Scientists have said that NASA’s InSight lander might have identified some details about the formation of Mars. They have been analyzing the data brought by the InSight spacecraft, which has laded on the planes of the Red Planet in 2018. The Mars lander has been able to find out some details of the edges of rocks tens of thousands of kilometers deep down the Martian crust. Experts have said that the rocky edge of the planet’s crust is surprisingly thin. A team of scientists has said that the mantle of the Red Planet is much cooler despite the molten iron core of the planet. The new findings of the InSight lander have made scientists believe that once the planet has cooled itself down by a type of tectonic plate movements following a model of upwelling mantle rock and subducting crust, which has led to the planet effectively shedding heat. A scientist who has not been involved in the new study has said that the findings indicate a far more vibrant formation of the Martian crust in the initial stage.
Since the InSight spacecraft has landed on Mars, the seismometers have been working constantly to identify and record the evidence of Marsquakes to gather more details of the internal composition and formation of the Red Planet. Sadly, there has not been any Marsquake larger than 4.5 magnitude, which means the seismometers have not been working as deep below the crust of the Martian surface as scientists would have expected. However, the Mars lander has been able to identify two mild quakes of 3.3 and 3.7 magnitudes, which have been regarded as ‘treasure troves’ for the mission. As per the report, some waves from these Marsquakes have been spotted barreling towards NASA’s Mars lander, which has been able to record their travel time. A seismologist at the University of Cologne, Brigitte Knapmeyer-Endrun, has said that the time difference between the shock waves of the quake has indicated the thickness of the crust and it has suggested that there are distinct layers within the crust. The data extracted by NASA’s InSight lander has shown that the planet might have been made of two or three layers. Experts have said that the crust of Mars appears thinner as compared to the Earth’s continental crust.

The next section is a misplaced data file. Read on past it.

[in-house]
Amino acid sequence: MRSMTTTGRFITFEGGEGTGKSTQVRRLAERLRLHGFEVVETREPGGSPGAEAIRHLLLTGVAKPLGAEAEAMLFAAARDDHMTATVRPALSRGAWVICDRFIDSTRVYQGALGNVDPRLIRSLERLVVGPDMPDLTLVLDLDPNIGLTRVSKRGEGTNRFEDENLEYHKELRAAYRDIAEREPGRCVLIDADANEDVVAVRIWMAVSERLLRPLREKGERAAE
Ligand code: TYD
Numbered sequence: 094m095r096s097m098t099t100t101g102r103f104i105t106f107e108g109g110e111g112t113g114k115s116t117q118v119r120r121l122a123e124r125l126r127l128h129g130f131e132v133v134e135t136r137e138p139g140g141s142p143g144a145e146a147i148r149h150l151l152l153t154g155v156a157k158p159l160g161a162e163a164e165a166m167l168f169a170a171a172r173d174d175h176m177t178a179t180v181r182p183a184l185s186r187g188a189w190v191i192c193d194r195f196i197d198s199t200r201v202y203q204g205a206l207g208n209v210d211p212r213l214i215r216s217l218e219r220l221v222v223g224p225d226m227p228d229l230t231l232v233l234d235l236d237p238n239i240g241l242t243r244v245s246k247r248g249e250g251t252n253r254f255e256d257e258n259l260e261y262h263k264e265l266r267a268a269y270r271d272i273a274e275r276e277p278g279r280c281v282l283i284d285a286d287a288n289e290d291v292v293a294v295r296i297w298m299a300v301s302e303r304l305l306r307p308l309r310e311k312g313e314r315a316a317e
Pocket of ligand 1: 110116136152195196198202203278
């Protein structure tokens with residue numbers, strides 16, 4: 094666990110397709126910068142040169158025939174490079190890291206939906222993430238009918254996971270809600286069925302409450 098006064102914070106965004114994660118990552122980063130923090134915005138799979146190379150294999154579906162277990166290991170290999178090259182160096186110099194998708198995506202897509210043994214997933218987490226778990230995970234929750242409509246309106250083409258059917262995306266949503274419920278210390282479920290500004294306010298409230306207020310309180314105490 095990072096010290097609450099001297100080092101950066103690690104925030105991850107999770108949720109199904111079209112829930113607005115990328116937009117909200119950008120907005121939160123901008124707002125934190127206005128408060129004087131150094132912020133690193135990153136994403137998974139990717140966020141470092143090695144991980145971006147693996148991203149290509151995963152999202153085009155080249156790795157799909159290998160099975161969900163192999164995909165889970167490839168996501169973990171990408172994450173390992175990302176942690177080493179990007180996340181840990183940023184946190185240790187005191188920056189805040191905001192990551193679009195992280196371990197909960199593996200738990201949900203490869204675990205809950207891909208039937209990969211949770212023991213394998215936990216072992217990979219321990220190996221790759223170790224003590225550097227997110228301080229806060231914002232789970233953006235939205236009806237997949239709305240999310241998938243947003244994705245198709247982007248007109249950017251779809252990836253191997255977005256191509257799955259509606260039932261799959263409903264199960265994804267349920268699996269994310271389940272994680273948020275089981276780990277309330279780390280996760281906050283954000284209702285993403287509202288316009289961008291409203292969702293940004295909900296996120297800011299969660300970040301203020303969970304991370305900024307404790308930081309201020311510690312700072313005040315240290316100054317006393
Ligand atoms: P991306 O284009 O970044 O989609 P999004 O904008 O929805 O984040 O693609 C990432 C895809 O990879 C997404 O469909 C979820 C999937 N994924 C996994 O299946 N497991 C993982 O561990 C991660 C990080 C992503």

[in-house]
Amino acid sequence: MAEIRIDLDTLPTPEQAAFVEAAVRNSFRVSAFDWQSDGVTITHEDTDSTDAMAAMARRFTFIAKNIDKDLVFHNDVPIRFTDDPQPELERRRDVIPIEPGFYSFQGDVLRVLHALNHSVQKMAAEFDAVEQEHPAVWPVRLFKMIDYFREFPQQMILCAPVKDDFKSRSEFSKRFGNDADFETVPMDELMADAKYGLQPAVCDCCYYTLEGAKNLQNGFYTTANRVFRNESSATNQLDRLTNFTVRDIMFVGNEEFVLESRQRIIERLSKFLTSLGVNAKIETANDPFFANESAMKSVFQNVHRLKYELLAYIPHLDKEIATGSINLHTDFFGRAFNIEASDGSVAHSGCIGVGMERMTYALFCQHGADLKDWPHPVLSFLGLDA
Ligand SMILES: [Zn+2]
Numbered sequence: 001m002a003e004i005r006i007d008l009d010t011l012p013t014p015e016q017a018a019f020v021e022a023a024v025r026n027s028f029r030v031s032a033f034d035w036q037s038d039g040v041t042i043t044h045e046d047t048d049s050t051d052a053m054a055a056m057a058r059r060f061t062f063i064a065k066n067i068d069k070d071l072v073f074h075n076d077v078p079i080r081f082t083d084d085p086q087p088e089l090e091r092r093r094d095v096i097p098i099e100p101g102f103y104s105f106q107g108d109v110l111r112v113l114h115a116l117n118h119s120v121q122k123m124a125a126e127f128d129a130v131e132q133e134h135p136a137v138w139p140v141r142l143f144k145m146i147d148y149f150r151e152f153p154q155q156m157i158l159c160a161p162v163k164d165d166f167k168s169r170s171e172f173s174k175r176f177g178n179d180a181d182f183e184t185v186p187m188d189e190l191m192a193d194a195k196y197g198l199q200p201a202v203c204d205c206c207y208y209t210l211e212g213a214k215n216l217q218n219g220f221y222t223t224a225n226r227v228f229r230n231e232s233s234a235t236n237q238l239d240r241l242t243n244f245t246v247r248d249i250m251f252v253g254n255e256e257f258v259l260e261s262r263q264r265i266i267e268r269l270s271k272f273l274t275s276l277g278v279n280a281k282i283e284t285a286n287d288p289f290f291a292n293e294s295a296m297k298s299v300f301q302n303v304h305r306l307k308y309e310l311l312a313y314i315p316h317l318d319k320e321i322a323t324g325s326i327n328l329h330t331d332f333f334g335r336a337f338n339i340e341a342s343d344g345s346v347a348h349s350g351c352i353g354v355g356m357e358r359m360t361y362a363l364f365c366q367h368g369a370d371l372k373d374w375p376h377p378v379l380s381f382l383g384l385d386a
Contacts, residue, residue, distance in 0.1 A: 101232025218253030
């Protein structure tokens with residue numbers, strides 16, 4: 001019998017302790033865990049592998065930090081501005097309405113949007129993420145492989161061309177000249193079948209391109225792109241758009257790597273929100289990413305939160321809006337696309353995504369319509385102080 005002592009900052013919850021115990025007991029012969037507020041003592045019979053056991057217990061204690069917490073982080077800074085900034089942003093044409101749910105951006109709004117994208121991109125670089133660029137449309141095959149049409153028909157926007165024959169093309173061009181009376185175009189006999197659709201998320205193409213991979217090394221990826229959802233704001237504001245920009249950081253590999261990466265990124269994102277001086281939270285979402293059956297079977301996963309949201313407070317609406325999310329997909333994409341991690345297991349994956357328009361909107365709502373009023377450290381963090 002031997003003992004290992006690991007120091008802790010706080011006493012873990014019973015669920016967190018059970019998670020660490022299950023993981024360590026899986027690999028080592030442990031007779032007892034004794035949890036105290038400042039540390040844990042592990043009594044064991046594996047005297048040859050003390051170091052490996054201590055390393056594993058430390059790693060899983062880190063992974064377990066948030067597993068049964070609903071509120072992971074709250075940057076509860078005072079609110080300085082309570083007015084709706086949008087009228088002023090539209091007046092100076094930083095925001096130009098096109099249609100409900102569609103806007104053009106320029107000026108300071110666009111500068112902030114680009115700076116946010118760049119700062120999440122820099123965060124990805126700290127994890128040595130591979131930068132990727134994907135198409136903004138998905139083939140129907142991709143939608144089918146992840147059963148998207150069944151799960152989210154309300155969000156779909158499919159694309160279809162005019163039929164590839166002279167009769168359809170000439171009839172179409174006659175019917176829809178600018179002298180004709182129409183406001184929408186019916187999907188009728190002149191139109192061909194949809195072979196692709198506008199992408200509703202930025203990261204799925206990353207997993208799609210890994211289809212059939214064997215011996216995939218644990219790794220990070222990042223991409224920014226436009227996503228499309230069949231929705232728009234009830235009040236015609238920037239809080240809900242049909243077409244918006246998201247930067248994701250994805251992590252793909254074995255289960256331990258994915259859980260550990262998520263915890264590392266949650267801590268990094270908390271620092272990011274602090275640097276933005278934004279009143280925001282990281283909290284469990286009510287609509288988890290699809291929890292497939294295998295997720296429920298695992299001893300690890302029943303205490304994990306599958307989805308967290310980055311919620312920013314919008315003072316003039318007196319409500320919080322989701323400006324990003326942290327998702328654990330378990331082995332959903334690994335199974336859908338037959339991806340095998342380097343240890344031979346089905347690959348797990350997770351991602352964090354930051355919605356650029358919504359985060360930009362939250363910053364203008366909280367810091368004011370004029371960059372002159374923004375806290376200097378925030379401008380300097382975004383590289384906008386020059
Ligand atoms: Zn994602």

Scientists have said that the outer shell of the Martian surface is just 20 or 37 kilometers thick along with a shallow layer deep inside which indicated a cool mantle. It is covered by a liquid core of 1800 kilometers radius, which is more than half of the total diameter of the Red Planet. Experts have said that the InSight team, which is being headed by Bruce Banerdt, who is the chief investigator at NASA’s Jet Propulsion Laboratory, will continue the geological study of Mars to identify more precise data from event analysis in the future. This study is expected to reveal a more accurate picture of the interior of the Red Planet.